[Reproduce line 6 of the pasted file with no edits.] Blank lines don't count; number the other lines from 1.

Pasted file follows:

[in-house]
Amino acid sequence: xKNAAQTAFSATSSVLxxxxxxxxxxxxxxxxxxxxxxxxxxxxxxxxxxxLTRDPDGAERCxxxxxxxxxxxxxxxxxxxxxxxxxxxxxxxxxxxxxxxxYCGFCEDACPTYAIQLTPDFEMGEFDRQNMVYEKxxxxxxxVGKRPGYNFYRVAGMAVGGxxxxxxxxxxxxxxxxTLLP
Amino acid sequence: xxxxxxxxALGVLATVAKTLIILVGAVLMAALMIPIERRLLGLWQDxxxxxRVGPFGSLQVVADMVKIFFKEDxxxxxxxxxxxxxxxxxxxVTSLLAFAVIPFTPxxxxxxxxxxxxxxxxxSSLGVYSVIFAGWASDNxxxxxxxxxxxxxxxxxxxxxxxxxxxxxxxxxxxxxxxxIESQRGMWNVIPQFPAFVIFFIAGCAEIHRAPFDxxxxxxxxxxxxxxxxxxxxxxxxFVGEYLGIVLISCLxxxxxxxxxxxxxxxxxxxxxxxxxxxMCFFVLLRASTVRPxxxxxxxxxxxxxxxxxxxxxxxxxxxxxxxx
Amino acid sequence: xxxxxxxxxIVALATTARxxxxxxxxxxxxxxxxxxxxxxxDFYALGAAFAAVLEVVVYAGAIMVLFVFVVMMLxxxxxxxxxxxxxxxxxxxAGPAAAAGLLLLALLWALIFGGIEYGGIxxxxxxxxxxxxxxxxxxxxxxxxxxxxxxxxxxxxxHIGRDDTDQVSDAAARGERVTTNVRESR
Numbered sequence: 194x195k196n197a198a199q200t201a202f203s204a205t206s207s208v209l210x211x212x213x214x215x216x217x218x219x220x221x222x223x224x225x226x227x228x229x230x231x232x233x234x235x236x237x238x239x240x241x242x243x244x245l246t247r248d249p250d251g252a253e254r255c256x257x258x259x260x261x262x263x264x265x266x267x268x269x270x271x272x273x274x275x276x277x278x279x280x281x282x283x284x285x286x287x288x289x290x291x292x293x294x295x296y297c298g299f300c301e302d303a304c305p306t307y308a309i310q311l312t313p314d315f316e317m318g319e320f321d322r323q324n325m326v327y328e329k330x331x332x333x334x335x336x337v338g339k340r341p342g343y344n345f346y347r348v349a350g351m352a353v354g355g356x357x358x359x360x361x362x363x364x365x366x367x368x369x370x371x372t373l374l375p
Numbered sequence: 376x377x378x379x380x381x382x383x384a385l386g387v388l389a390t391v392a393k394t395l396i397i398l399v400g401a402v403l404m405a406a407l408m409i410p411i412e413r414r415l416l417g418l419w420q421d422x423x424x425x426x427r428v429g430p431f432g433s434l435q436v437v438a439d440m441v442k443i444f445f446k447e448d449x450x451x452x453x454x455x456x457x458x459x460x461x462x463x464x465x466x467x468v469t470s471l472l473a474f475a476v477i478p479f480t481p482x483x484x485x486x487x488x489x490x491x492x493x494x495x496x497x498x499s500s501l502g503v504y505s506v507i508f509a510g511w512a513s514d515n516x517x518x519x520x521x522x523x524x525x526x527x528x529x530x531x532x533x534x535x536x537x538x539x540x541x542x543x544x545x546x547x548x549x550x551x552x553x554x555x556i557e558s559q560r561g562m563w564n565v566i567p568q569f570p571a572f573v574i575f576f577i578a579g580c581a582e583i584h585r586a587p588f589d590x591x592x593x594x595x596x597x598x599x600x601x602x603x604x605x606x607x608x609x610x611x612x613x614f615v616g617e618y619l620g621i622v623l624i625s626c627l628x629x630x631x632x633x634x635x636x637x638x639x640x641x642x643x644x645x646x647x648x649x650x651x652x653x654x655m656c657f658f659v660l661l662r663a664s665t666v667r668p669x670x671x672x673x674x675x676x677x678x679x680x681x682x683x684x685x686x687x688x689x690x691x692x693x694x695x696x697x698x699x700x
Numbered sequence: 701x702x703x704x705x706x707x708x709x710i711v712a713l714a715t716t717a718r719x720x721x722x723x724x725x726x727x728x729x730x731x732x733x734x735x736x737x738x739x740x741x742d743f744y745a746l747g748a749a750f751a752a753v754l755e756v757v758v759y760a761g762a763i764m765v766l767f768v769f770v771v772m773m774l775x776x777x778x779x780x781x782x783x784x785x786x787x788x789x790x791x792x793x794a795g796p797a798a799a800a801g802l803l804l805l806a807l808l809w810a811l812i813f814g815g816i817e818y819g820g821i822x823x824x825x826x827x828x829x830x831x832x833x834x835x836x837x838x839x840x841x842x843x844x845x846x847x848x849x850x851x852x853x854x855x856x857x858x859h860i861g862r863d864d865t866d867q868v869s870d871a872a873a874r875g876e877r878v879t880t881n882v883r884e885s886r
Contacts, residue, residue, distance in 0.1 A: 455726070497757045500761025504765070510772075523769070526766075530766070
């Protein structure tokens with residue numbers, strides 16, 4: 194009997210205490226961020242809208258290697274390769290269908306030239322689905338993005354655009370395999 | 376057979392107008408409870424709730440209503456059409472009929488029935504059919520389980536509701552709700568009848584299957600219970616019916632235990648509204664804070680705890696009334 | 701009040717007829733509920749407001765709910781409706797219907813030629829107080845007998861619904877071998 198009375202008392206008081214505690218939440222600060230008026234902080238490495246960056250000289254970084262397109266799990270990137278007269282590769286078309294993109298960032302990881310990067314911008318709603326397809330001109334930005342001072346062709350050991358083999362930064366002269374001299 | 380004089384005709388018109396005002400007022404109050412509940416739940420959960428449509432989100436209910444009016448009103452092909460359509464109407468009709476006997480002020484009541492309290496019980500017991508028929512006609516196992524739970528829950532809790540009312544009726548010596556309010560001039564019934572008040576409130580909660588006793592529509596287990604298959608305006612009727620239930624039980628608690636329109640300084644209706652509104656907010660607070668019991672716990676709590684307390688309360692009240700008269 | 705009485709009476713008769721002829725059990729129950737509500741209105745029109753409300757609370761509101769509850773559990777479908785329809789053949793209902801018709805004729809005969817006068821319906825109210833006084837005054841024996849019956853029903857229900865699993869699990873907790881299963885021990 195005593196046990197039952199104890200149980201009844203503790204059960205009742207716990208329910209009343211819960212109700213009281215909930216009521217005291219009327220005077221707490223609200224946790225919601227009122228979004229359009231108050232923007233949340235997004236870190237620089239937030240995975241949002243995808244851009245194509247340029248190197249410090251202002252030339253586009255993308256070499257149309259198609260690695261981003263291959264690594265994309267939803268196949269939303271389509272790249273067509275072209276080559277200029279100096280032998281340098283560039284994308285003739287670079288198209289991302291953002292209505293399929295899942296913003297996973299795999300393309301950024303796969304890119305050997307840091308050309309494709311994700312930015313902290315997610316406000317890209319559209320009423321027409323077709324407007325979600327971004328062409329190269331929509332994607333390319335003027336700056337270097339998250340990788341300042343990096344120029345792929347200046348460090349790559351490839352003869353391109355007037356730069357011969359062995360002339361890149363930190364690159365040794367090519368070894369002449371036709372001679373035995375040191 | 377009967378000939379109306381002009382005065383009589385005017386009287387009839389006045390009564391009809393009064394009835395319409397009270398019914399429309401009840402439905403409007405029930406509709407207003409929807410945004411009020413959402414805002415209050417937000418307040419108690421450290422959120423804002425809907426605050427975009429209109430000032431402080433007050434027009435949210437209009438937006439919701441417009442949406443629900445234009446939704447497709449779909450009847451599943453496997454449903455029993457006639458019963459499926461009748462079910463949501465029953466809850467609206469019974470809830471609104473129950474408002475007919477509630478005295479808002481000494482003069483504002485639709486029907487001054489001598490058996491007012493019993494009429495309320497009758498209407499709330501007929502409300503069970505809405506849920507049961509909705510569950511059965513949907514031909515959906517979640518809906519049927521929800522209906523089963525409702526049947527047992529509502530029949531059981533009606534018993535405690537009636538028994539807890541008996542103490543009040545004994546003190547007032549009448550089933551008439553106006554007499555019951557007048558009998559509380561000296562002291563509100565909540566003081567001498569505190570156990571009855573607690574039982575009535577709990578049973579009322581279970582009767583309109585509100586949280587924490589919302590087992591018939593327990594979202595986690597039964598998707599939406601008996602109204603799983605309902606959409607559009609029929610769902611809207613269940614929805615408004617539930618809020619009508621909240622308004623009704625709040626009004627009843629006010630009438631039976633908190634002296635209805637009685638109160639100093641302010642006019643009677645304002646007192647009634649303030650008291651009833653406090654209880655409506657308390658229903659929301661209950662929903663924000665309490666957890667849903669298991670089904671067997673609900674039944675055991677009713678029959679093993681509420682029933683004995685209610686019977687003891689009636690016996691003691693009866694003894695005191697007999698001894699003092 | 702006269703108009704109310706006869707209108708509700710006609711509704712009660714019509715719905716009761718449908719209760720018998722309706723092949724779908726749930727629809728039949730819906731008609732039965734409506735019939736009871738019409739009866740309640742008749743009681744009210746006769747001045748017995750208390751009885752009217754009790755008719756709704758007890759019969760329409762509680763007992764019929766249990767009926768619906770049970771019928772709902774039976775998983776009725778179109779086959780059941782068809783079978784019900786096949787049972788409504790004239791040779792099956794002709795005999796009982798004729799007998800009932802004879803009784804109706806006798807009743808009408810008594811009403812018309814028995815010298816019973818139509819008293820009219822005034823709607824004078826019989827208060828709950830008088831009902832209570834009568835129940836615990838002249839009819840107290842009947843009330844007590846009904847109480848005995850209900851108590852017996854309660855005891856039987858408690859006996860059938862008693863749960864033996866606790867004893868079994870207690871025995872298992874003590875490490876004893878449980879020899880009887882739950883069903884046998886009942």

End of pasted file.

Numbered sequence: 376x377x378x379x380x381x382x383x384a385l386g387v388l389a390t391v392a393k394t395l396i397i398l399v400g401a402v403l404m405a406a407l408m409i410p411i412e413r414r415l416l417g418l419w420q421d422x423x424x425x426x427r428v429g430p431f432g433s434l435q436v437v438a439d440m441v442k443i444f445f446k447e448d449x450x451x452x453x454x455x456x457x458x459x460x461x462x463x464x465x466x467x468v469t470s471l472l473a474f475a476v477i478p479f480t481p482x483x484x485x486x487x488x489x490x491x492x493x494x495x496x497x498x499s500s501l502g503v504y505s506v507i508f509a510g511w512a513s514d515n516x517x518x519x520x521x522x523x524x525x526x527x528x529x530x531x532x533x534x535x536x537x538x539x540x541x542x543x544x545x546x547x548x549x550x551x552x553x554x555x556i557e558s559q560r561g562m563w564n565v566i567p568q569f570p571a572f573v574i575f576f577i578a579g580c581a582e583i584h585r586a587p588f589d590x591x592x593x594x595x596x597x598x599x600x601x602x603x604x605x606x607x608x609x610x611x612x613x614f615v616g617e618y619l620g621i622v623l624i625s626c627l628x629x630x631x632x633x634x635x636x637x638x639x640x641x642x643x644x645x646x647x648x649x650x651x652x653x654x655m656c657f658f659v660l661l662r663a664s665t666v667r668p669x670x671x672x673x674x675x676x677x678x679x680x681x682x683x684x685x686x687x688x689x690x691x692x693x694x695x696x697x698x699x700x